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President Biden’s Tax Proposals - What’s In It For YOU?

Much has been written (and said) about President Biden’s proposed tax changes, mainly affecting those with incomes over $400,000. But, what of this policy, would affect the average middle class American household, presumably you and I? The answer is plenty, particularly if you take care of a family member, are a first time home buyer, or contribute to an employer retirement plan. Most of what is being proposed is an update to a tax credit or a new credit for those making $400,000 or less. Keep in mind that nothing has been passed by Congress as of this writing, but key parts are likely to go through with a Democratic-controlled House and a 50/50 Senate split with Vice President Kamala Harris as the tie-breaker.


You have probably heard Ben Franklin’s quote, “… nothing can be said to be certain except death and taxes.” And I would perhaps add in parentheses “and changes to tax policy.” With every new administration, there is a chance that tax law could be modified and sometimes even completely overhauled. Will your taxes go up or will they go down? Democrats and Republicans have vastly different views on our tax code from both an individual and a business perspective. But, let’s dive deeper into the individual side and review some key tax proposals and changes that are being discussed from within the Biden Administration.

Having Kids Pays Off

The Child Tax Credit is probably the most popular credit and many families take advantage of it each year. Let’s face it: kids are not cheap. Biden is proposing that this credit be fully refundable and increased to $3,000 for each child aged 6 to 17 and up to $3,600 for each child under age 6. This credit is currently maxed out at $2,000 no matter the age(s) with $1,400 being refundable (you receive money back even if your tax liability is $0). The same income levels would apply, which means the credit would be fully available to single taxpayers with MAGI (modified adjusted gross income) of $200,000 or less and those who are married filing joint with MAGI of $400,000 or less.

The Dependent Care Credit, which allows you to claim provider care expenses (e.g., nanny) for a child under age 13 or an adult who lives with you (e.g., disabled spouse, elderly relative), would be increased to $8,000 for one qualifying individual and a maximum of $16,000 for a family. It is currently limited to $3,000 for one individual or $6,000 if there are multiple family members. Also, up to half of the spending on care would be available for you to deduct (based on income), rather than the current 35%.

If You are Taking Care of a Distant Family Member

A brand-new Family Caregiving Credit is being considered that would provide a $5,000 credit for those who are taking care of a distant elderly or disabled family member or if the member has a chronic health condition. This is meant to offset some of the costs for those who travel to and provide care for a loved one.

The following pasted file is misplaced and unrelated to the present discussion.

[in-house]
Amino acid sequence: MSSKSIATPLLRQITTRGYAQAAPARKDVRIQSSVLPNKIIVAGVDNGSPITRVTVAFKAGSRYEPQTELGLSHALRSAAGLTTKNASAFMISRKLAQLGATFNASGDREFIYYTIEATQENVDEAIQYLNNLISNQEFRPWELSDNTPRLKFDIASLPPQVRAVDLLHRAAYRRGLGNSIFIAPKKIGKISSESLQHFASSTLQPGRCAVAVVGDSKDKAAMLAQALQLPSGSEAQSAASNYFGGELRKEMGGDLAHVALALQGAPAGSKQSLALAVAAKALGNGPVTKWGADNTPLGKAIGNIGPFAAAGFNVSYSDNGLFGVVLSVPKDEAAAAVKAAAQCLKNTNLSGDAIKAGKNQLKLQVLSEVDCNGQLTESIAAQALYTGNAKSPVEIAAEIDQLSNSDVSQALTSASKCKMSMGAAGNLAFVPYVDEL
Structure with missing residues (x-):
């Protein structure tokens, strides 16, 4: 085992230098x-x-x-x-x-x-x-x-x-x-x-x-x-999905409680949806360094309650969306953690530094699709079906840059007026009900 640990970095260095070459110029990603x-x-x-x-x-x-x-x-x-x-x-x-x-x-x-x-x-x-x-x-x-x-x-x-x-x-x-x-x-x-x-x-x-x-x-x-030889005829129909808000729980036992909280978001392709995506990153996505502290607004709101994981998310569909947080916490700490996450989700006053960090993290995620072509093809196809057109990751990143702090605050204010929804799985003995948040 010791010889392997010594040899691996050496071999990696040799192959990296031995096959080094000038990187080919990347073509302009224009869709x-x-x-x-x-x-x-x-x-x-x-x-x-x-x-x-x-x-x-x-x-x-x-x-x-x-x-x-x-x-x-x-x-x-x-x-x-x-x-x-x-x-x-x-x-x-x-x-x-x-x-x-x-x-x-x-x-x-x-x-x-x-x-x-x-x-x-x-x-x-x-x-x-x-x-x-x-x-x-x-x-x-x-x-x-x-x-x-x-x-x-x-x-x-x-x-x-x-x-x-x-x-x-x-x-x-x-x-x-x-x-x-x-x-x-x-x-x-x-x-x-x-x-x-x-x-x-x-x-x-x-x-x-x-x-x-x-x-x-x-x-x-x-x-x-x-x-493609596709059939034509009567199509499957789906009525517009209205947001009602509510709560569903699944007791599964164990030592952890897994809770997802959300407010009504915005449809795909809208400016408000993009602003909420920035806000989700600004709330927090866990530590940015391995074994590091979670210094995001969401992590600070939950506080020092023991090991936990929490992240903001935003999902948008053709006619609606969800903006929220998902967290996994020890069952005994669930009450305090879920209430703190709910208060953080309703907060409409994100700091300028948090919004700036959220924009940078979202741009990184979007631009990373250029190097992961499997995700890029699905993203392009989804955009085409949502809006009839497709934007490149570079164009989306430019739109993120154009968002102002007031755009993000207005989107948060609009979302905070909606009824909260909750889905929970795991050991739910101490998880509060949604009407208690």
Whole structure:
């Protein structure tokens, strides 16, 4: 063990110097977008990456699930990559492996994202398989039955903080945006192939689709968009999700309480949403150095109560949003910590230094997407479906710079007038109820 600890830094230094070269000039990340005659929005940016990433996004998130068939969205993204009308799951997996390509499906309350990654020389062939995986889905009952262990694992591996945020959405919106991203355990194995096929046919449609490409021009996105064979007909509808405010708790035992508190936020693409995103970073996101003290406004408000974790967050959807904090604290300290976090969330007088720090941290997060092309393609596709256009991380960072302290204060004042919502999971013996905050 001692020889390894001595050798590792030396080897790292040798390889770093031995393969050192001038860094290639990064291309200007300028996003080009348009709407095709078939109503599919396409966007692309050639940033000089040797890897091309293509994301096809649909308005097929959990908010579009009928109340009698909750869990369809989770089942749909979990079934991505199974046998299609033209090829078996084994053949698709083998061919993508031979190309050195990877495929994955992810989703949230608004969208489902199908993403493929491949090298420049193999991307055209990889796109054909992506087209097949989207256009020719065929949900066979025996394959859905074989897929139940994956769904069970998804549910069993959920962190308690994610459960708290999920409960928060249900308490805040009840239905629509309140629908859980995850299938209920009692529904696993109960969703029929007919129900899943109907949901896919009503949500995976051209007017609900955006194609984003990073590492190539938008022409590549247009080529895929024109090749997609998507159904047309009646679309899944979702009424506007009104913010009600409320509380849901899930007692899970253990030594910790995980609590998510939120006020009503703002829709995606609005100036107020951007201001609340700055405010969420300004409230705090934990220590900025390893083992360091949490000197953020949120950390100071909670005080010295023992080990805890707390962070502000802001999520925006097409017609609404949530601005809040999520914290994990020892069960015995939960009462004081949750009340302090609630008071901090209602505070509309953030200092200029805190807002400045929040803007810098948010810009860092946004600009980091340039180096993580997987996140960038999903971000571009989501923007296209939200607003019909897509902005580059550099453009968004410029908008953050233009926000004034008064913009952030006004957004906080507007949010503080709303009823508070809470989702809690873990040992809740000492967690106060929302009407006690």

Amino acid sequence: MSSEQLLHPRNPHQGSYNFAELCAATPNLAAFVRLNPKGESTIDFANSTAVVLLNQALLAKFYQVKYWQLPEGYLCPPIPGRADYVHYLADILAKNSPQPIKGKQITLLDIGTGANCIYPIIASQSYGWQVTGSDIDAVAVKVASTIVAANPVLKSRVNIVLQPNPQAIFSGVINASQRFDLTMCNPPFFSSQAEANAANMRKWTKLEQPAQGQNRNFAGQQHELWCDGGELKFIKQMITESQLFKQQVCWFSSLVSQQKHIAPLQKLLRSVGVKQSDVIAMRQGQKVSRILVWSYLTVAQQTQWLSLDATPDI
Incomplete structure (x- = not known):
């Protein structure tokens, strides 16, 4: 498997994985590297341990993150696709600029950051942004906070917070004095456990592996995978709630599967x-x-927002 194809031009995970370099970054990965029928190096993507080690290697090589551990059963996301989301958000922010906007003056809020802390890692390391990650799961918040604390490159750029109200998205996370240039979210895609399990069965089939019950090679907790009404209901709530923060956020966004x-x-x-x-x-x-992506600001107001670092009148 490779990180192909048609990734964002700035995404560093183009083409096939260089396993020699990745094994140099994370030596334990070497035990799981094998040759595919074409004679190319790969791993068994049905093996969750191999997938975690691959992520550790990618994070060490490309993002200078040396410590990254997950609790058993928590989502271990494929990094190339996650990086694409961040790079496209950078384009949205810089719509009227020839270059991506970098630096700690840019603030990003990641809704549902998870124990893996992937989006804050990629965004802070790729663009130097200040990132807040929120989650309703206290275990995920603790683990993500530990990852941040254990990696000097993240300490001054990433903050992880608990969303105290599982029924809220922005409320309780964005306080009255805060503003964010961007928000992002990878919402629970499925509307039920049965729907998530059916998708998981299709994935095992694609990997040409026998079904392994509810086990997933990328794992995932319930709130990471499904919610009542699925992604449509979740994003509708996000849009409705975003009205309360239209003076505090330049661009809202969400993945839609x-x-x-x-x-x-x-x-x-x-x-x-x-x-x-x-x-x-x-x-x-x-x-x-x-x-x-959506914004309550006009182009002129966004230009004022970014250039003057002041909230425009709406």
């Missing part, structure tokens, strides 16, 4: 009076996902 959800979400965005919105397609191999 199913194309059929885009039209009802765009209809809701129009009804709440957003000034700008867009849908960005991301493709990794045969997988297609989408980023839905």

A Good Time to Buy Your First Home?

President Biden wants to bring back the First-Time Home Buyer Credit that President Obama put into place amid the housing crisis in 2008 and 2009, but with some key changes. First, he wants to increase it from $8,000 to $15,000. And instead of waiting to receive your credit when you file your taxes, it would provide up to $15,000 at the closing table giving potential first time homebuyers an incentive to make the leap into home ownership.


Big Changes to Your 401k, 403b, or 457b

If your employer currently offers a pre-tax retirement savings plan, such as a 401k, 403b, or 457b, each dollar you contribute reduces your taxable income by that amount. Biden is proposing that instead, everyone receives a 26% credit on the amount they contribute. For example, if you contributed $10,000, you would get a credit of $2,600 (26% of $10,000). Under the current system, your tax bracket determines your savings (the higher the taxable income/bracket, the higher the savings and vice versa). This would essentially put everyone on the same playing field with a flat 26% cap. Also under consideration is requiring employers to offer and auto enroll employees in 401k’s or similar plans.


As I stated earlier, these proposals are still on the table and so far, no timeframe as to when they might be passed, if at all. However, Biden does have a majority on his side in Congress so these credits could easily come to fruition. Tax planning is very important and could save you thousands over your lifetime. You should review your situation at the beginning of each year to determine if any planning opportunities exist. If you are more comfortable getting help, consult with a licensed tax professional to see what, if any, tax deductions and credits are available to you now and what you might need to consider in anticipation of future tax law changes. For more specifics around some of the credits mentioned as written today, please refer to the IRS web site: www.irs.gov.


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